In this day and age it seems like everyone is trying to do something creative and interesting with ice cream (like adding mayonnaise to it), but the creators of Republic of Booza in Brooklyn, NY are doing the exact opposite. Instead of doing newfangled things with ice cream they're focusing on a dessert from the past and putting it back in the spotlight. So if you're looking for a new summertime treat to indulge in you don't have to look any further than booza, a type of ice cream that's been around for over 500 years.

What is booza?

An ancient Arabic dessert that is often referred to as the "first ice cream in the world" and dates back to at least 1500 A.D., booza has the remarkable ability to stretch and also has a resistance to melting (to a certain extent). What gives this ice cream its strange superpower is salep, a type of flour made from orchid roots. A traditional ingredient in both Middle Eastern and Mediterranean desserts, salep is what gives booza it's signature stretch (which some say is similar to a newly fried mozzarella stick or very soft taffy) and a distinct creaminess you won't find in other types of ice cream.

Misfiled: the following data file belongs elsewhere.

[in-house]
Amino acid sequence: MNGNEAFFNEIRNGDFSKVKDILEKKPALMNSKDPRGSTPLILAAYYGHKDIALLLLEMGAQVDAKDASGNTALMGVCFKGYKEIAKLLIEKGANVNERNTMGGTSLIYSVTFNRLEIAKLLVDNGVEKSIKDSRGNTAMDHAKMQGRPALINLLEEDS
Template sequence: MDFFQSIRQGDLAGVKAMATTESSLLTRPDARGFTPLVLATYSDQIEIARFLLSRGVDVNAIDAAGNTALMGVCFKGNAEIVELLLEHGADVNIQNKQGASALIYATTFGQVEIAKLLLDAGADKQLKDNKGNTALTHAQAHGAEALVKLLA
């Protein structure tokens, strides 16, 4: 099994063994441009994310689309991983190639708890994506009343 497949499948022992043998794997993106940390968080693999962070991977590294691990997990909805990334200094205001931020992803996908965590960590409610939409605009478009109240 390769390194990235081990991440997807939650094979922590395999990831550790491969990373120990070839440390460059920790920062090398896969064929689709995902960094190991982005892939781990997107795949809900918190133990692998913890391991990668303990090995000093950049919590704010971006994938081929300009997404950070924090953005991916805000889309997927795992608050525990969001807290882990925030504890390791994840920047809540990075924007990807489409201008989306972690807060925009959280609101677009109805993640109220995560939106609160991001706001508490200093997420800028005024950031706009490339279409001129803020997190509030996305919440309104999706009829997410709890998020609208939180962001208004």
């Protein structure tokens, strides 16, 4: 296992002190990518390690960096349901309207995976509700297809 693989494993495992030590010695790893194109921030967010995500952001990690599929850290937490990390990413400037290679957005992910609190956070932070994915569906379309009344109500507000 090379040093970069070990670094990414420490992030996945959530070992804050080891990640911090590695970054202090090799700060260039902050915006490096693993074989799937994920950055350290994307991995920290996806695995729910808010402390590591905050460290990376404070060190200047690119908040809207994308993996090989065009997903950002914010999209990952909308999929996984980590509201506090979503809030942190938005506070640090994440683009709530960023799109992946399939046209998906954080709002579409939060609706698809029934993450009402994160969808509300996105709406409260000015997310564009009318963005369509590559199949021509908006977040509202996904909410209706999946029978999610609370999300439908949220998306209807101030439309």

Unlike the other dairy-based treats we've come to know and love, booza is traditionally made with only three ingredients: milk, salep and a type of tree resin called mastic and is pounded with a mallet. Gelato on the other hand is made eggs, cream, milk and sugar and is churned. The temperature you'll eat these two desserts at is also different. Gelato is usually served between -4 to 5 degrees while booza is best served at 12 to 15 degrees to showcase it's stretchiness. 

Where can you find it?

Unless you happen to be traveling around the Mediterranean, finding places that serve booza is incredibly difficult so visiting Republic of Booza while you're in NYC is a must. The shop serves a bunch of different flavors of booza, but you have to try the OG flavor called "qashta", or candied cream, which has a caramelised vanilla taste. They also serve other interesting renditions of booza like Sichuan white chocolate and black walnut if you're really in the mood to experiment. So stop on by Republic of Booza if you want to try an old dessert that's been given new life.